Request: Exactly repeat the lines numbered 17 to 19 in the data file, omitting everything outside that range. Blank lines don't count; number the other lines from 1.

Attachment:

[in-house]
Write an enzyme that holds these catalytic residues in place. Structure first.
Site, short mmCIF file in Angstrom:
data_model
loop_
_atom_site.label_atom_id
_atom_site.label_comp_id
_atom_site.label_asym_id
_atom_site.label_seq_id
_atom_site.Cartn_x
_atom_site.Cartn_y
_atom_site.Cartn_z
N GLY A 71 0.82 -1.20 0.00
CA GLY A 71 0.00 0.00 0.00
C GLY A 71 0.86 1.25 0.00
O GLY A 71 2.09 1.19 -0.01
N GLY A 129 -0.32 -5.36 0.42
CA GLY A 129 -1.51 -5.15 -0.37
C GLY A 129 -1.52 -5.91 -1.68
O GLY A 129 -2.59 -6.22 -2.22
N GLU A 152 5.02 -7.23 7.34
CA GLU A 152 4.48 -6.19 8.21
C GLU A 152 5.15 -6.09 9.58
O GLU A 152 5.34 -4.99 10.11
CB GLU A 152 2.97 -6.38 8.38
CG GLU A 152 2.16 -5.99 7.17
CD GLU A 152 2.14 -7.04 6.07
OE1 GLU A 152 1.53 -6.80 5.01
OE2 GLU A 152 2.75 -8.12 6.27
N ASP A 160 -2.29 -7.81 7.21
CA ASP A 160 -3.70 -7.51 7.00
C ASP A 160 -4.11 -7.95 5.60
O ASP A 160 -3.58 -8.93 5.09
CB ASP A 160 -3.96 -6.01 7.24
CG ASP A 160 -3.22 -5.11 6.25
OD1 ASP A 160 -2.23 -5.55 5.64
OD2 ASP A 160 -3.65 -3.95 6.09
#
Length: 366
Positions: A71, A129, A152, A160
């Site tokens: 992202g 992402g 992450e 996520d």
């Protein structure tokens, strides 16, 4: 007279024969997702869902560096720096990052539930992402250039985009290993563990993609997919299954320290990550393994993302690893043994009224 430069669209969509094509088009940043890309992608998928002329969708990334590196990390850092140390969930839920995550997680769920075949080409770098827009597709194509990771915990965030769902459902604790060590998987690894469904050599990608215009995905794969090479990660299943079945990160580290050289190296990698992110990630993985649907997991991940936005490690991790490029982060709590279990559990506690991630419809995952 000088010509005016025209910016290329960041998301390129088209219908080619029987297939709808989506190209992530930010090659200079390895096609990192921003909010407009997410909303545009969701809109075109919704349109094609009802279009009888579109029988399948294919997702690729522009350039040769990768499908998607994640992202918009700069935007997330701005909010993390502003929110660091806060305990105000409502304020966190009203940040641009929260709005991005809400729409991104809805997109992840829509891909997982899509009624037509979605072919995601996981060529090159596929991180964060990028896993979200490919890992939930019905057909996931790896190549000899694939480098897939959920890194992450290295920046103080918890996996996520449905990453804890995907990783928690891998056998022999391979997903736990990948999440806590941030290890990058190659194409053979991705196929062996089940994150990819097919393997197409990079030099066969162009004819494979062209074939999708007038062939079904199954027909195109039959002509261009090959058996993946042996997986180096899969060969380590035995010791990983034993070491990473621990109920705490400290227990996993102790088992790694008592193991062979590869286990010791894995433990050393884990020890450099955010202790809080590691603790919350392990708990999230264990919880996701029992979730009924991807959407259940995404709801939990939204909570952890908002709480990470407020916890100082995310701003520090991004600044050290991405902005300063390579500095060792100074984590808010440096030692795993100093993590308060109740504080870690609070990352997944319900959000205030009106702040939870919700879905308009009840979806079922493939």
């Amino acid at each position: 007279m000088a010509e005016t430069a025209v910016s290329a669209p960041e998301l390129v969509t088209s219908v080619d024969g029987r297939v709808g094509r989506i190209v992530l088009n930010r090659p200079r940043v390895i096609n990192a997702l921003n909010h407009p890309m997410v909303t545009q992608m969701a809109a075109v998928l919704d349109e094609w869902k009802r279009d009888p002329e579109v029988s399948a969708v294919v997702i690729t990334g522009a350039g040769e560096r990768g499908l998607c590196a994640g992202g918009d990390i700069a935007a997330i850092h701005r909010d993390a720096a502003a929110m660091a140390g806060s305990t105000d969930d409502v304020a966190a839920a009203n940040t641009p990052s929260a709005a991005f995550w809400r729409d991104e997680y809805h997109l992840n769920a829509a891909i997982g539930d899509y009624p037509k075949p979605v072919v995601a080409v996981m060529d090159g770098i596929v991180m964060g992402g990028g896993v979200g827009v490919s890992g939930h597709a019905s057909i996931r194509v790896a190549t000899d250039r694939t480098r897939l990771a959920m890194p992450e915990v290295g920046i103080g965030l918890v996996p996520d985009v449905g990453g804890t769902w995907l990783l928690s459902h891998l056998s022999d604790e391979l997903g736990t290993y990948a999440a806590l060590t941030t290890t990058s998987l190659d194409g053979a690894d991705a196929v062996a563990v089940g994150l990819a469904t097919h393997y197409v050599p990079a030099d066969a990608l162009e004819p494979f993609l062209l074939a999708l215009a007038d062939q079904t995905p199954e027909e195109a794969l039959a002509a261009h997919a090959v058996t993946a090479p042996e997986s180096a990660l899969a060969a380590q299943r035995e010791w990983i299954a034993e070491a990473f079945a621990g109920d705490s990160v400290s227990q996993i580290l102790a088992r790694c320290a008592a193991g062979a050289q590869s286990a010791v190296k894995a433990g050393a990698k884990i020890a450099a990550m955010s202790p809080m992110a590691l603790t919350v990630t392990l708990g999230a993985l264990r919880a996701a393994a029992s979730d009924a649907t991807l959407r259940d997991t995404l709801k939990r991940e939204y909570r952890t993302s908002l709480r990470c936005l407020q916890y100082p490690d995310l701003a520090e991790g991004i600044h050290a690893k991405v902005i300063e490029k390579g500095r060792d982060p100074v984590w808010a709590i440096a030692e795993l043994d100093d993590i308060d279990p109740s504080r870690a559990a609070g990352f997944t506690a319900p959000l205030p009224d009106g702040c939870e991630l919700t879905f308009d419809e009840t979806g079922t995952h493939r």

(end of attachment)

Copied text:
N GLY A 129 -0.32 -5.36 0.42
CA GLY A 129 -1.51 -5.15 -0.37
C GLY A 129 -1.52 -5.91 -1.68